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Sub for Flemish Sour Ale?

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There is a recipe I'm dying to try for Carbonnade Flamande that calls for Flemish sour ale. While I haven't looked at the store yet, I doubt they have it. I'm in Texas and the beer aisle is mostly the standard IPAs where I live.

Would using a regular ale (I'm sure they have a few) completely change the taste of the recipe? What are the flavor notes of sour ale? Could I just add a little vinegar to make a plain ale work?

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  1. In my opinion, it is the Flemish sour that makes the dish. Rodenbach is a good example and is actually pretty widely distributed in the U. S. Duchesse de Bourgogne would also work, although it is a bit sweet for my taste.
    You could make an approximation of the flavor my using amber ale and some vinegar, I think it would be quite close and very tasty, even if not exactly the same flavor.

    1. I've made the dish numerous times and Flemish sour ale is absolutely not required. There's a pretty fascinating comment in a posted recipe for this dish on Simply Recipes from a gentlemen claiming to be of Flemish descent who posts his grandmother's recipe for the dish. According to this person, carbonnade is a peasant dish that would be made with any leftover beer on hand, along with whatever meat and stale bread was handy.

      I'm inclined to believe this account because the dish goes through such a long cooking time that the kind of beer used shouldn't matter, especially since one spikes the stew with vinegar and brown sugar near the end of the cooking time. There's no reason to spend good money on a Flemish red only to cook the daylights out of it.

      When I make the dish I usually will use some kind of Belgian dark ale, mainly to get the appropriate maltiness and diminished hop flavor profile, vs. a more bitter dark ale.

      Here's the aforementioned recipe comment:
      http://www.simplyrecipes.com/recipes/...

      6 Replies
      1. re: Josh

        I'm puzzled that the Flemish gentleman is insistent that the recipe requires 'real bread,' but claims any old beer will do. I just can't imagine a very satisfying dish if one used, for example, Stella Artois. Also, what is 'stale beer'?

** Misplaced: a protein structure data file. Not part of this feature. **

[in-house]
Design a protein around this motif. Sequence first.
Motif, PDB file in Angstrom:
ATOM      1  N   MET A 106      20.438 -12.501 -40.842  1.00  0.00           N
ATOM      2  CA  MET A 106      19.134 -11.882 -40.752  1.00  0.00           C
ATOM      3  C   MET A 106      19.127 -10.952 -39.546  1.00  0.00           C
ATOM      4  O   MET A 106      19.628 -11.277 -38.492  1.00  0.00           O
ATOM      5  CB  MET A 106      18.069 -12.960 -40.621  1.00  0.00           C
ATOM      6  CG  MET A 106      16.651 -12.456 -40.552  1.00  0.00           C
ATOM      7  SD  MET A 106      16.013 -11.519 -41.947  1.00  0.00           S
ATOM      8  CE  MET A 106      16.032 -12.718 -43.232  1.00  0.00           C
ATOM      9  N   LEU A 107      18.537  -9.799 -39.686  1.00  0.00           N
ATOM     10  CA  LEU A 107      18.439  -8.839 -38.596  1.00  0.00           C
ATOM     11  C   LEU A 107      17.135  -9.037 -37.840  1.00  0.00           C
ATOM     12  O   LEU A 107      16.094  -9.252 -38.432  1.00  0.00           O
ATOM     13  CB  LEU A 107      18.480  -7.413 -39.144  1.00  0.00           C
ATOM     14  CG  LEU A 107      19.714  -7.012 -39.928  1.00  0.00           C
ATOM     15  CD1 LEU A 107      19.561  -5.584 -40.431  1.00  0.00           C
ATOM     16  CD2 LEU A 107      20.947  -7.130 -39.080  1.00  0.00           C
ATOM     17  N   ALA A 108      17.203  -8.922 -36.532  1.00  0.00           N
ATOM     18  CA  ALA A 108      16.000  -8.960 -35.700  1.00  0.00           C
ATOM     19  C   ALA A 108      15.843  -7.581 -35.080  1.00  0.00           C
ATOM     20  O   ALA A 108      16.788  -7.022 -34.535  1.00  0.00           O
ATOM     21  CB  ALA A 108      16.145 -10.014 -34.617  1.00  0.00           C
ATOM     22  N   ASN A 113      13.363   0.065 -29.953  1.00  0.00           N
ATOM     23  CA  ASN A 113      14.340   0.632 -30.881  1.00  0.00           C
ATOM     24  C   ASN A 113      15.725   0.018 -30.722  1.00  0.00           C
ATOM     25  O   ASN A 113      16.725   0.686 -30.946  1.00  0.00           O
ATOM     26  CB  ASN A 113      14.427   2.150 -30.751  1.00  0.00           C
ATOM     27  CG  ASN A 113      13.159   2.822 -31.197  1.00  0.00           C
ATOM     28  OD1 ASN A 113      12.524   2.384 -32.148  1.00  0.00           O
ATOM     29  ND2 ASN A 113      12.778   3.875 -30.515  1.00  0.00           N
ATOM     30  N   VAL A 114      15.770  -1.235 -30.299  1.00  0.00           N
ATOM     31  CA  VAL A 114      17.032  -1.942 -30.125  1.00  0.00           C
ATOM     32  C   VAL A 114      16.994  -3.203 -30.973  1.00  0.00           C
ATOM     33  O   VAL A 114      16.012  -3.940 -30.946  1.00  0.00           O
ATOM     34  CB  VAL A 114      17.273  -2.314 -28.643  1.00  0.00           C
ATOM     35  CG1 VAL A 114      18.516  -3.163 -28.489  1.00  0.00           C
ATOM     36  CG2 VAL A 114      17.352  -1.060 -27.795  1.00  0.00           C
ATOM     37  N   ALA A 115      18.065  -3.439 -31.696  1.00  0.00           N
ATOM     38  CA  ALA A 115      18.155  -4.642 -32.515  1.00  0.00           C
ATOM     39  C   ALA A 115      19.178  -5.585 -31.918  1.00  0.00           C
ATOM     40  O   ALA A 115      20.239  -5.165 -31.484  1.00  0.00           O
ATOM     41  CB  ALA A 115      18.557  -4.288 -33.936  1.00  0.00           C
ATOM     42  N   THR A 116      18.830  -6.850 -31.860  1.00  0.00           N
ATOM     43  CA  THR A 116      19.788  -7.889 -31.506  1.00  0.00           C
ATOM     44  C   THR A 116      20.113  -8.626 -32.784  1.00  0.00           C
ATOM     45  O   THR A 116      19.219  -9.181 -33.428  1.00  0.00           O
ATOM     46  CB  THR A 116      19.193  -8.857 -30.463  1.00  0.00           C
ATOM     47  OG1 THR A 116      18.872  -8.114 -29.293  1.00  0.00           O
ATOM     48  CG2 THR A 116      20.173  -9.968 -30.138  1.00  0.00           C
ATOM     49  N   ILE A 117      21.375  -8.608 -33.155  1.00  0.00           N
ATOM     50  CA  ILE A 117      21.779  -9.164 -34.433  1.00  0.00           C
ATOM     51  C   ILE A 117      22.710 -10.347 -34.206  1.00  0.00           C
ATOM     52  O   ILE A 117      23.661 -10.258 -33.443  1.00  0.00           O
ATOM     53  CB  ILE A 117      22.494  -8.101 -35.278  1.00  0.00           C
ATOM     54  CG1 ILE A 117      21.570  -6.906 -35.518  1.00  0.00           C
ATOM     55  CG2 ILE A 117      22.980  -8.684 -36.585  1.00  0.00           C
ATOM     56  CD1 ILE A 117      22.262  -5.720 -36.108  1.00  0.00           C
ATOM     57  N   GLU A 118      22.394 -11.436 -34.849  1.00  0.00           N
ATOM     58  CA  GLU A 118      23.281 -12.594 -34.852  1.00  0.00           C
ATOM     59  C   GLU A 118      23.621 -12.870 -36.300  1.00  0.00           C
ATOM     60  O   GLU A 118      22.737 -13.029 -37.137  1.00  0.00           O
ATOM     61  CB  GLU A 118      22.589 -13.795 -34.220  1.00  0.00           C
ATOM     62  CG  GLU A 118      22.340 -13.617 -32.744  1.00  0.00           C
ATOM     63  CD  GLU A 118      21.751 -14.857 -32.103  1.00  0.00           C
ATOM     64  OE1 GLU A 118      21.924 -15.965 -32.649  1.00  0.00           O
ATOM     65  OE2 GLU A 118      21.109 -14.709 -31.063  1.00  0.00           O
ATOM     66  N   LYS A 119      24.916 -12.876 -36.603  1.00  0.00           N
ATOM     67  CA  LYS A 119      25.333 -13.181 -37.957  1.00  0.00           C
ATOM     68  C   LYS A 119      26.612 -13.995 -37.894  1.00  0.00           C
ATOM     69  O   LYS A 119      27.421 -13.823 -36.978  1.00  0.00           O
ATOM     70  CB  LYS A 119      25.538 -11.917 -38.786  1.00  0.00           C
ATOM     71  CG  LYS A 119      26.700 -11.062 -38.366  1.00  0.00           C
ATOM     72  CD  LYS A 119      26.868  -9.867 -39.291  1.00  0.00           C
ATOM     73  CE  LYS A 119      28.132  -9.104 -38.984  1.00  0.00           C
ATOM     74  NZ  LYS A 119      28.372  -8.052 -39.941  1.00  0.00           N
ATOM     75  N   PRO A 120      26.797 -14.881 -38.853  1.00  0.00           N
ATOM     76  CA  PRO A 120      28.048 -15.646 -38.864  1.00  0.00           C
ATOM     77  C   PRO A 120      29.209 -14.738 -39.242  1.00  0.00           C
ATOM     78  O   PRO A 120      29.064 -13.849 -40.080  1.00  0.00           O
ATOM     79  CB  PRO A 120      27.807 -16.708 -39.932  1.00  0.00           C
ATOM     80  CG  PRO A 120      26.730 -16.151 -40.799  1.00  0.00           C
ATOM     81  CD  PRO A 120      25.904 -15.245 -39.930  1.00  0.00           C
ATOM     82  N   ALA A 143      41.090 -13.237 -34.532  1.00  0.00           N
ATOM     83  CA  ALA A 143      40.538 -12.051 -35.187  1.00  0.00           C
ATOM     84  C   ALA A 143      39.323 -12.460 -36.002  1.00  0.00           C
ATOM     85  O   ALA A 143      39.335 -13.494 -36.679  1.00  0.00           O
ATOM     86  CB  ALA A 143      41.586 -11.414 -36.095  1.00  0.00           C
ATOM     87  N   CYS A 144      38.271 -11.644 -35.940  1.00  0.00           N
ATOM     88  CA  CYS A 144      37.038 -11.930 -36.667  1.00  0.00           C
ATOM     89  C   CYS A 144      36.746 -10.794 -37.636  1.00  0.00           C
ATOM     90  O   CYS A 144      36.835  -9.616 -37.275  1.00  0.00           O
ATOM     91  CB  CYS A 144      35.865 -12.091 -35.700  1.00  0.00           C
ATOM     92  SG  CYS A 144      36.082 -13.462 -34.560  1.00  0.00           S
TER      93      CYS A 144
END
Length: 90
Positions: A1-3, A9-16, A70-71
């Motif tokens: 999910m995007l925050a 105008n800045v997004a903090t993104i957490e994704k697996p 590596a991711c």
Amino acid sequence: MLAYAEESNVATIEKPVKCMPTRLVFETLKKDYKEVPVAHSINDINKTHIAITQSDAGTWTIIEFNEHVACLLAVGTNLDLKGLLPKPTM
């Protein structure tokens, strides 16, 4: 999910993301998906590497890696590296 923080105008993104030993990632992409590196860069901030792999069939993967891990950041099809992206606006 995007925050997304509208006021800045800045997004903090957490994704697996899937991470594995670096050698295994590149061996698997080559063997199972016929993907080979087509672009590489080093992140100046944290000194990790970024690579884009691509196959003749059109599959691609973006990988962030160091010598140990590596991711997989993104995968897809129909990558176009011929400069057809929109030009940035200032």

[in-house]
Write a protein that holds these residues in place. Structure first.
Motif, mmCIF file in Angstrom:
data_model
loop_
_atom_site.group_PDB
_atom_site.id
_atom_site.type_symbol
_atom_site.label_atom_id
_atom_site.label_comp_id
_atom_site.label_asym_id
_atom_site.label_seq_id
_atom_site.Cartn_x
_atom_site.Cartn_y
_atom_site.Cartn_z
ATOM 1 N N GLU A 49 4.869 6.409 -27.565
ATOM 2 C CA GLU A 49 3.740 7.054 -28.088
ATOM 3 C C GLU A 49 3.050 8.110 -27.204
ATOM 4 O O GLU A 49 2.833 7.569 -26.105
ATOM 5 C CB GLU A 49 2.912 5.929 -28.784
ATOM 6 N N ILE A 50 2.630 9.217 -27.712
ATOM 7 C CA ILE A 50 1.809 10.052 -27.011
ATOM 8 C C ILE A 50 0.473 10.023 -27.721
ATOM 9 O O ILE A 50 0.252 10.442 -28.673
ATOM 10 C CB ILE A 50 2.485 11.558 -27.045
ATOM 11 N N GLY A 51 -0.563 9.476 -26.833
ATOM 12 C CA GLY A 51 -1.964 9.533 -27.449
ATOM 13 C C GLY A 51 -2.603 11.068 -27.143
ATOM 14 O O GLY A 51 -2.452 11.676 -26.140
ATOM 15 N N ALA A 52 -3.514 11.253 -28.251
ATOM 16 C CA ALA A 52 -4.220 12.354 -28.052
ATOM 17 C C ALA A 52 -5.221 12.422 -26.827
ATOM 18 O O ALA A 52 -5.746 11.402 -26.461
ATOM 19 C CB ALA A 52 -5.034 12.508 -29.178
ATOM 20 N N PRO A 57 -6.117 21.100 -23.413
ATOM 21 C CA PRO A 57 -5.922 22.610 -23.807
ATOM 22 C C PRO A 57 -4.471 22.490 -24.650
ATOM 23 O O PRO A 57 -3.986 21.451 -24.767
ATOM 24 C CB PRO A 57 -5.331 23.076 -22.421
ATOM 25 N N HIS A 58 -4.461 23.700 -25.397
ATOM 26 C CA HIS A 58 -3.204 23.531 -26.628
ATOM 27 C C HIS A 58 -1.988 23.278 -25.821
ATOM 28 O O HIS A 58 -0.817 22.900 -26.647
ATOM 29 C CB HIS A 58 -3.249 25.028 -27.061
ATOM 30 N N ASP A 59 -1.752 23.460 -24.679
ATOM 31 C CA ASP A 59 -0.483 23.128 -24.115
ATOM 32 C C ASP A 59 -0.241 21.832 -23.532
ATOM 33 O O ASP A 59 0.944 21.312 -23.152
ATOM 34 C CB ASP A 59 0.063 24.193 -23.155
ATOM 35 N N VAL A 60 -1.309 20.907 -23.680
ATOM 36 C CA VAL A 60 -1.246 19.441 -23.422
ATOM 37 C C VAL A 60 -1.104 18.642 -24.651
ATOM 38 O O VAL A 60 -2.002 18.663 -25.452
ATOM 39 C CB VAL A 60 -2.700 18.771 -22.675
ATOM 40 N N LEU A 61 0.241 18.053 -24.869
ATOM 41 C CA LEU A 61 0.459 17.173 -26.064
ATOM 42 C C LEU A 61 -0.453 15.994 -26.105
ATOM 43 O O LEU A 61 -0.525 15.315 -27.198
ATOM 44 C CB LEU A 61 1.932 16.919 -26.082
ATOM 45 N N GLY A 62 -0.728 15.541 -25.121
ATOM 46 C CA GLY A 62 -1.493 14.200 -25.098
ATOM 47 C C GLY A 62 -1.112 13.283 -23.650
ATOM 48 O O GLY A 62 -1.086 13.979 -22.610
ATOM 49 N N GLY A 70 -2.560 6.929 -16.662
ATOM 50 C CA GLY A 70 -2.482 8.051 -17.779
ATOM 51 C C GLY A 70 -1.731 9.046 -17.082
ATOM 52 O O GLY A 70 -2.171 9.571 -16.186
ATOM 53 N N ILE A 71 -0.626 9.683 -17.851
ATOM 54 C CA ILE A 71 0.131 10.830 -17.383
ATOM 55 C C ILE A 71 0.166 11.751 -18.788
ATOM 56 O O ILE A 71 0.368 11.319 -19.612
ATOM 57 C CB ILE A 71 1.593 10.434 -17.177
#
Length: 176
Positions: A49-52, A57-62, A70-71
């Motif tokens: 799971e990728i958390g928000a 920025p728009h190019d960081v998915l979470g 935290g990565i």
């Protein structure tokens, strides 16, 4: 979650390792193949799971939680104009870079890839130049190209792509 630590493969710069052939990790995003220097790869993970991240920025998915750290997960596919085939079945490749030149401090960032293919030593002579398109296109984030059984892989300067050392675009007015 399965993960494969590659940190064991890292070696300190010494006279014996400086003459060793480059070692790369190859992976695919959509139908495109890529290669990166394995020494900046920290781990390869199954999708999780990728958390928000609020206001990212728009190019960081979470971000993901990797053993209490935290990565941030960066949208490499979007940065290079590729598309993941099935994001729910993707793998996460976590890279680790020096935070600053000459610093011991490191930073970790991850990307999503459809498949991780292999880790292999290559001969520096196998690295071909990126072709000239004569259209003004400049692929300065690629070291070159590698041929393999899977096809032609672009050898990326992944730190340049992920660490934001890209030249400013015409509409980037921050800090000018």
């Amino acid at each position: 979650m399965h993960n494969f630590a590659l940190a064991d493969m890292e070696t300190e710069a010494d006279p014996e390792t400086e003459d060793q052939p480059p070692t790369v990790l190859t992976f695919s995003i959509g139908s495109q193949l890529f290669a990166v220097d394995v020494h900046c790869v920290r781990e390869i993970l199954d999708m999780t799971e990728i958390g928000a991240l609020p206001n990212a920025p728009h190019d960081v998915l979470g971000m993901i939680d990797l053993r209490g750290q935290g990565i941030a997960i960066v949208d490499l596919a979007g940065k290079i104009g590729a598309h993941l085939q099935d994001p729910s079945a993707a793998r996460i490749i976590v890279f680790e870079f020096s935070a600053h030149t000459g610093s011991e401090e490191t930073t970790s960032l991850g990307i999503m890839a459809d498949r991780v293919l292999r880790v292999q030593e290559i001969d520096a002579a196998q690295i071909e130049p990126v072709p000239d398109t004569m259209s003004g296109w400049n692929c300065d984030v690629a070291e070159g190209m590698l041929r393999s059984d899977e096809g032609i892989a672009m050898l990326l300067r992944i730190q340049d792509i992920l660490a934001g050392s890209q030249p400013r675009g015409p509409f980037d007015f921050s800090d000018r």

I'm also curious that you can't see spending money on Flemish red, but would use another Belgian dark ale. I can't think of any Belgian dark ale, or even a U.S. brewed Belgian style dark ale, that costs significantly less than Rodenbach, which is a very good Flemish red.
        And finally, if one uses the Flemish red, one need not add vinegar or brown sugar at the end - the beer provides the tartness, and the caramelized onion provides the sweetness, at least to my taste.
        Of course, one could make a delicious beef stew with other beers, but the sour beer really gives the dish a peculiar and pleasant character.

        1. re: Idyllwild

          When I made this dish I'd use a bottle of Chimay Premiere usually, which cost $7 or so. Rodenbach was around $12-14. But more to the point is that the sour and sweet flavors in the Rodenbach are easily achieved by using the vinegar and brown sugar, vs. saccharine in the Rodenbach.

          :-)

          1. re: Josh

            Just curious, do you mean by 'saccharine' that you find Rodenbach overly sweet, or that it actually contains artificial sweetener? If the latter, where have you discovered that? I had never heard it before and would be disappointed, since I generally avoid artificial sweeteners.
            Anyway, I'm sure the dish could be quite good with Chimay and a splash of vinegar. The pricing is different in my area, I can get Rodenbach six packs for about $15, so for me it is cheaper than the other options, and I prefer it.

            1. re: Idyllwild

              I have read in a number of places that it's used, but can't find anything official.

          2. re: Idyllwild

            I assume by "real bread" he means "not Wonder bread", and by "stale beer" means beer that's past its prime - probably an alien concept to us but not to someone of his or his grandmothers' vintage.

          3. re: Josh

            Anyone know how to modify this recipe for the pressure cooker?

          4. Hermitage Sour Ale made in Plano texas would work

            1. I would just say, in general, with my limited foray into sour ales, that if you can't do an authentic sour ale, then the closest thing at least to my palate is a moderately bitter pale ale.